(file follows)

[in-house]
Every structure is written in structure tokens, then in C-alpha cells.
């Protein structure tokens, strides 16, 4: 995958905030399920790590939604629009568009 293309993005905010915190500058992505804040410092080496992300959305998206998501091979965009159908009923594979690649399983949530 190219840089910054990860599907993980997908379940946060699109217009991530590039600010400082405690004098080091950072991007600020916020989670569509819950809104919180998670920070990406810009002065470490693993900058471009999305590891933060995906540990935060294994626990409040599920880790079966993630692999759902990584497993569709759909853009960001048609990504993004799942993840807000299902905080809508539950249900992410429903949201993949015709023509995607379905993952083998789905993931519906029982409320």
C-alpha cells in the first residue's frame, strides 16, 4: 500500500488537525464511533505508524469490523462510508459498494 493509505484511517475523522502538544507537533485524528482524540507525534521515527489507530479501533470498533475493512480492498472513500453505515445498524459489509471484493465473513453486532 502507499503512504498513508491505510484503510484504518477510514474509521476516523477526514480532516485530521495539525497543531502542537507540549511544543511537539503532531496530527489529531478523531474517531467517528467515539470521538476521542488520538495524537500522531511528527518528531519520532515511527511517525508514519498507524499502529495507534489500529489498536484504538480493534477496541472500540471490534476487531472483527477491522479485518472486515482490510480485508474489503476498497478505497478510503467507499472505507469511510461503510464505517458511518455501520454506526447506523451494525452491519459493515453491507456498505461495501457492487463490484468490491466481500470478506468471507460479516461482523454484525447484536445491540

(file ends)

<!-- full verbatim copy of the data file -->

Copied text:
[in-house]
Every structure is written in structure tokens, then in C-alpha cells.
């Protein structure tokens, strides 16, 4: 995958905030399920790590939604629009568009 293309993005905010915190500058992505804040410092080496992300959305998206998501091979965009159908009923594979690649399983949530 190219840089910054990860599907993980997908379940946060699109217009991530590039600010400082405690004098080091950072991007600020916020989670569509819950809104919180998670920070990406810009002065470490693993900058471009999305590891933060995906540990935060294994626990409040599920880790079966993630692999759902990584497993569709759909853009960001048609990504993004799942993840807000299902905080809508539950249900992410429903949201993949015709023509995607379905993952083998789905993931519906029982409320």
C-alpha cells in the first residue's frame, strides 16, 4: 500500500488537525464511533505508524469490523462510508459498494 493509505484511517475523522502538544507537533485524528482524540507525534521515527489507530479501533470498533475493512480492498472513500453505515445498524459489509471484493465473513453486532 502507499503512504498513508491505510484503510484504518477510514474509521476516523477526514480532516485530521495539525497543531502542537507540549511544543511537539503532531496530527489529531478523531474517531467517528467515539470521538476521542488520538495524537500522531511528527518528531519520532515511527511517525508514519498507524499502529495507534489500529489498536484504538480493534477496541472500540471490534476487531472483527477491522479485518472486515482490510480485508474489503476498497478505497478510503467507499472505507469511510461503510464505517458511518455501520454506526447506523451494525452491519459493515453491507456498505461495501457492487463490484468490491466481500470478506468471507460479516461482523454484525447484536445491540